Rounds were paid to this head and it was the custom to rub the face with small stones, which were then placed on the head. The constant rubbing has worn away the carving a little, thus rendering it less prominent.
Local tradition states that there was once a graveyard in Ballyhest for unbaptised infants called a cealurach. A man is supposed to have buried his dead infant child in Kilbrin by mistake. From then on Kilbrin became the principal cemetery for the parish and indeed the neighbouring parishes . The Church, as its name implies, was dedicated to St. Bran. This St. Bran who was a nephew of St. Colmcille, is buried in the graveyard attached to the long Tower Church in Doire Colmcille. It may seem strange that a Church so far South should have an Ulster Saint as its patron. This is only one example of the influence of Armagh, the Primatial See, on ecclesiastical matters throughout the length and breadth of the whole country. Col. Grove White in his "Historical and Topographical Notes" mentions the inscriptions on certain headstones in Kilbrin cemetery.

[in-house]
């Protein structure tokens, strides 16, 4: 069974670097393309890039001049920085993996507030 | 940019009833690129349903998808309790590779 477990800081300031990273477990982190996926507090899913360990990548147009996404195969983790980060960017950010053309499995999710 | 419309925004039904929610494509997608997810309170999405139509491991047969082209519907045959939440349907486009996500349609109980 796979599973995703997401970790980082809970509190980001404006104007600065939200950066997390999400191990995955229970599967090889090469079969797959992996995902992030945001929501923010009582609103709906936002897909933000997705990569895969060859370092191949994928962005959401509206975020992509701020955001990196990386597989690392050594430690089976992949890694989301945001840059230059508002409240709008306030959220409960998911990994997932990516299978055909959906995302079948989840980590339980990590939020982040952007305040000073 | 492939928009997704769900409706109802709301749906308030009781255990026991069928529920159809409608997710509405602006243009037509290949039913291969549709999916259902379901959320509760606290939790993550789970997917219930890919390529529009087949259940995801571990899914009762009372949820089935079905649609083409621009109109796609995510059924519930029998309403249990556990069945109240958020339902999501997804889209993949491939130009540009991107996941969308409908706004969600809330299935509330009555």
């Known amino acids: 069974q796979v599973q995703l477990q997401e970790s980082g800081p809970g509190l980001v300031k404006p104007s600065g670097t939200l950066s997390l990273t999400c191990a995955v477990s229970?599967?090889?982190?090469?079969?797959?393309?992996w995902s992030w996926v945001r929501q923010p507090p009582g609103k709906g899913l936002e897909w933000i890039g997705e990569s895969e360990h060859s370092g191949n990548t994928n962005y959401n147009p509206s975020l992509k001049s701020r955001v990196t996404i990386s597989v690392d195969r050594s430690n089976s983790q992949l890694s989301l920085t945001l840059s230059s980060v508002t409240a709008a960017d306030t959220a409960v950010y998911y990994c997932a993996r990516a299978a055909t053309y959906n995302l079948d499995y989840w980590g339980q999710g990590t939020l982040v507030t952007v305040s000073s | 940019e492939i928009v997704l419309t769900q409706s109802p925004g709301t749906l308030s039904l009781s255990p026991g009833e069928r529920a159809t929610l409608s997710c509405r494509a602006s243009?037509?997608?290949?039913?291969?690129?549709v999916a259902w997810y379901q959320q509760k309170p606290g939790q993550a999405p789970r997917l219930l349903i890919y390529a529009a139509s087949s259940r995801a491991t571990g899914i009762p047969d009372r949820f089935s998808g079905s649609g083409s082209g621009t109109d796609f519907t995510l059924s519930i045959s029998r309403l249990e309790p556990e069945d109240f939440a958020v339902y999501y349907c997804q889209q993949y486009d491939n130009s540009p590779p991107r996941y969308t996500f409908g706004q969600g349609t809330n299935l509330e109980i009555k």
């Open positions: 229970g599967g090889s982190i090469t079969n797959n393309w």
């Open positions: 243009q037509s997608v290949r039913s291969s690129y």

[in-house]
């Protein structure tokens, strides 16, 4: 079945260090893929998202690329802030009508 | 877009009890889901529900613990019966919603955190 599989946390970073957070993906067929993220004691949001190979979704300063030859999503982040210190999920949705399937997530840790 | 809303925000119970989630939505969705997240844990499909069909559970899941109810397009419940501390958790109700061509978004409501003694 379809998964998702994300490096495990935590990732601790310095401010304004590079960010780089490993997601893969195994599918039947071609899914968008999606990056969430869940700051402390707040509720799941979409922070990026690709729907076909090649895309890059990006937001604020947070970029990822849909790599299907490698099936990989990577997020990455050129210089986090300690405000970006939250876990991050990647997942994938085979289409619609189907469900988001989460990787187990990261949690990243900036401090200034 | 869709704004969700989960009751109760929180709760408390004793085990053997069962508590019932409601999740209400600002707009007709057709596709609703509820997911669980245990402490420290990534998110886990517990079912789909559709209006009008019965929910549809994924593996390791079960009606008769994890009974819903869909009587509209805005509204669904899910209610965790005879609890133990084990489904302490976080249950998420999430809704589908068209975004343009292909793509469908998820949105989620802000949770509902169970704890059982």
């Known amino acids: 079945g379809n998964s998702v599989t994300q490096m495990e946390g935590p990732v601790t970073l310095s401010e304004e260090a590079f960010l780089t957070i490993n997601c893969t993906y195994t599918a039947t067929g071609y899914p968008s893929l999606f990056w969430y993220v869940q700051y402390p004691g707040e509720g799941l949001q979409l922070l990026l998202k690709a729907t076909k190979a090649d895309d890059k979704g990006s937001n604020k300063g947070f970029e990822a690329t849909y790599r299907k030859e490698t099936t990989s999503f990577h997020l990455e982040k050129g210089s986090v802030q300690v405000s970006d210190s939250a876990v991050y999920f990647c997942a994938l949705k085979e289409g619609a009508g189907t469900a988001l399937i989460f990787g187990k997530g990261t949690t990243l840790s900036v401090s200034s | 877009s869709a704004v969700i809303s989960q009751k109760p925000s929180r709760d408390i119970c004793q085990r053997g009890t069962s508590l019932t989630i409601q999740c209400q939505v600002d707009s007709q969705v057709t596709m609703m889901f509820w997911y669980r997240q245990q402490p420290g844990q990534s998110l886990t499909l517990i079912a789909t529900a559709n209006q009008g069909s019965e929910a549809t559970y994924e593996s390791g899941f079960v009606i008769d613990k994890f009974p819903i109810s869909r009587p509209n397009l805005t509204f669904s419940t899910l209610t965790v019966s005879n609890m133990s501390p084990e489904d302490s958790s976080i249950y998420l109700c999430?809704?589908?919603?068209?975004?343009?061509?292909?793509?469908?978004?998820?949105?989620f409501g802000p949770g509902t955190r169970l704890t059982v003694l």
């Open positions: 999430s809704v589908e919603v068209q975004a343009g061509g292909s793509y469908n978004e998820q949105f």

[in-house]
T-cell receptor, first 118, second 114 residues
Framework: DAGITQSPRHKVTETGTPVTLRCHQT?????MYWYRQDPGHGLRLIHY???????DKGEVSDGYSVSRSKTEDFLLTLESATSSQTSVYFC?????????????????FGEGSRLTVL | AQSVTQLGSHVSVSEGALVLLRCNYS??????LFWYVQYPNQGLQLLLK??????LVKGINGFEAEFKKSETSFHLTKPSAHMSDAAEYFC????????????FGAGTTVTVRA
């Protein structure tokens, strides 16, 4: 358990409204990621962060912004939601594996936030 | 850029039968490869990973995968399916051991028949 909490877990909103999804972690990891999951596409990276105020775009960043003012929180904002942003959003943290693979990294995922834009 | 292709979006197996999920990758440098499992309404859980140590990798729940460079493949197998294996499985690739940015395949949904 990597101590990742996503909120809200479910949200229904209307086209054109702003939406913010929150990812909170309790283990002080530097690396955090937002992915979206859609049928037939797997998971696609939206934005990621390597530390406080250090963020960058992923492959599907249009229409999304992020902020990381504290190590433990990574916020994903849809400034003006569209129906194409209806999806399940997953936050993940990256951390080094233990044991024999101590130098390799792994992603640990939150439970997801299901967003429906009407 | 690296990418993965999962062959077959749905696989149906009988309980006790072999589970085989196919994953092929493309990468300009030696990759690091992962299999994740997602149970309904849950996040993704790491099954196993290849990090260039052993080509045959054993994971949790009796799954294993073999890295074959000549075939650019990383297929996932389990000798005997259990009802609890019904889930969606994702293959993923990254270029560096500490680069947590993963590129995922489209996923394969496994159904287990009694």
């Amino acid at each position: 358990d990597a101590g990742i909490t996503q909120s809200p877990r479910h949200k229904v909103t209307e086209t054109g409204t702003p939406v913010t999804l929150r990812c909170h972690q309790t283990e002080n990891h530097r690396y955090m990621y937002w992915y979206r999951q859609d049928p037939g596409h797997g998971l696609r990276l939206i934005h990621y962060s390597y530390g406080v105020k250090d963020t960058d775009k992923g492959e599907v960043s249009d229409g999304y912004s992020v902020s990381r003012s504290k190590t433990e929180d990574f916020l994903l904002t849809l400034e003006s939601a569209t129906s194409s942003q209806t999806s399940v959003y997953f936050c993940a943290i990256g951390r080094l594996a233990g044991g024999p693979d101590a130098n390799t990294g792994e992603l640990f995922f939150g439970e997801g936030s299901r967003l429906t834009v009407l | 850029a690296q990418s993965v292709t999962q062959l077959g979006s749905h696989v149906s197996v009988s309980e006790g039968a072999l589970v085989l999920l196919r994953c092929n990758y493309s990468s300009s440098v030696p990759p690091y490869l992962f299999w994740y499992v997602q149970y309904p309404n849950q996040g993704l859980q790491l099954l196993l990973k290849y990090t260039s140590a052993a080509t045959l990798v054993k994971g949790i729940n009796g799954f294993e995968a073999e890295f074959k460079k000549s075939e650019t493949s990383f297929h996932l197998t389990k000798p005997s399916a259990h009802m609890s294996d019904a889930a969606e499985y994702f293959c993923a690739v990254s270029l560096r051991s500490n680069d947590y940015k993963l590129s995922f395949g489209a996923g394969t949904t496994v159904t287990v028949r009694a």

One of them reads as follows - "Here lies ye body of Darby Savage of Knockalohert who died X ber ye 26th 1784 aged 30 years" The Savage family must have been an important family in the parish because three local topographical sites have the same name Savage (1) Savage's Glen (2) Savage's Wood (3) Savage's Rock.
The glen situated in Knockalohert covered 90 acres. Many glacial boulders or erratics were deposited here following the end of the Ice Age. A couple can still be seen but the glen has a new face today, thanks to the J.C.B., the rotavator and other inventions of the machine age. Gone is the scrub and indeed most of the wood. These have given way to lush green pastures. The glen has lost its ruggedness and mystery. One member of the Savage family was a priest who celebrated Mass secretly during the Penal Days giving his name to Savage's Rock in Marybrook.